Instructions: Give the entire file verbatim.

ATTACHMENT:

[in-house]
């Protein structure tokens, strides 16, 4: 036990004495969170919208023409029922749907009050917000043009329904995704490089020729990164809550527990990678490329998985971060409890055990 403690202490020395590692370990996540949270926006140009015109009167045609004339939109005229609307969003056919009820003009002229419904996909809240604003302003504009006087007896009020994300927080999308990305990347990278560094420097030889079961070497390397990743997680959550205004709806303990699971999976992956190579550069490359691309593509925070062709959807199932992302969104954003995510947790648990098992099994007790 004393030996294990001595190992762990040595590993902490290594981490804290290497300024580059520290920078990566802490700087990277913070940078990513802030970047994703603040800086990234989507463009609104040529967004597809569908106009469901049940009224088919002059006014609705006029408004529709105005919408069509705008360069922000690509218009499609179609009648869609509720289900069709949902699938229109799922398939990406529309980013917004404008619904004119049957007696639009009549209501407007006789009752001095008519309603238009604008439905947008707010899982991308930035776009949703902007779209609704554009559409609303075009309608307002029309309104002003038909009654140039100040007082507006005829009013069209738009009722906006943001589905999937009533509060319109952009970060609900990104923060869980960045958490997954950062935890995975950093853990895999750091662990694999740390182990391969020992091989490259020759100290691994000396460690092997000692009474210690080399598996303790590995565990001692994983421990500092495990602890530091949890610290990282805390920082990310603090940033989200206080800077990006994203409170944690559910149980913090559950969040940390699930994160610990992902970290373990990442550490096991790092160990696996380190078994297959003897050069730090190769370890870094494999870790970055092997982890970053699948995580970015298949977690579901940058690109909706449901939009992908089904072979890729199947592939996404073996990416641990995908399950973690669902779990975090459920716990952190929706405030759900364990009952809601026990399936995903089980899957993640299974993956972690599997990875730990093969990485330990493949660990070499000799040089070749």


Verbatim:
[in-house]
């Protein structure tokens, strides 16, 4: 036990004495969170919208023409029922749907009050917000043009329904995704490089020729990164809550527990990678490329998985971060409890055990 403690202490020395590692370990996540949270926006140009015109009167045609004339939109005229609307969003056919009820003009002229419904996909809240604003302003504009006087007896009020994300927080999308990305990347990278560094420097030889079961070497390397990743997680959550205004709806303990699971999976992956190579550069490359691309593509925070062709959807199932992302969104954003995510947790648990098992099994007790 004393030996294990001595190992762990040595590993902490290594981490804290290497300024580059520290920078990566802490700087990277913070940078990513802030970047994703603040800086990234989507463009609104040529967004597809569908106009469901049940009224088919002059006014609705006029408004529709105005919408069509705008360069922000690509218009499609179609009648869609509720289900069709949902699938229109799922398939990406529309980013917004404008619904004119049957007696639009009549209501407007006789009752001095008519309603238009604008439905947008707010899982991308930035776009949703902007779209609704554009559409609303075009309608307002029309309104002003038909009654140039100040007082507006005829009013069209738009009722906006943001589905999937009533509060319109952009970060609900990104923060869980960045958490997954950062935890995975950093853990895999750091662990694999740390182990391969020992091989490259020759100290691994000396460690092997000692009474210690080399598996303790590995565990001692994983421990500092495990602890530091949890610290990282805390920082990310603090940033989200206080800077990006994203409170944690559910149980913090559950969040940390699930994160610990992902970290373990990442550490096991790092160990696996380190078994297959003897050069730090190769370890870094494999870790970055092997982890970053699948995580970015298949977690579901940058690109909706449901939009992908089904072979890729199947592939996404073996990416641990995908399950973690669902779990975090459920716990952190929706405030759900364990009952809601026990399936995903089980899957993640299974993956972690599997990875730990093969990485330990493949660990070499000799040089070749």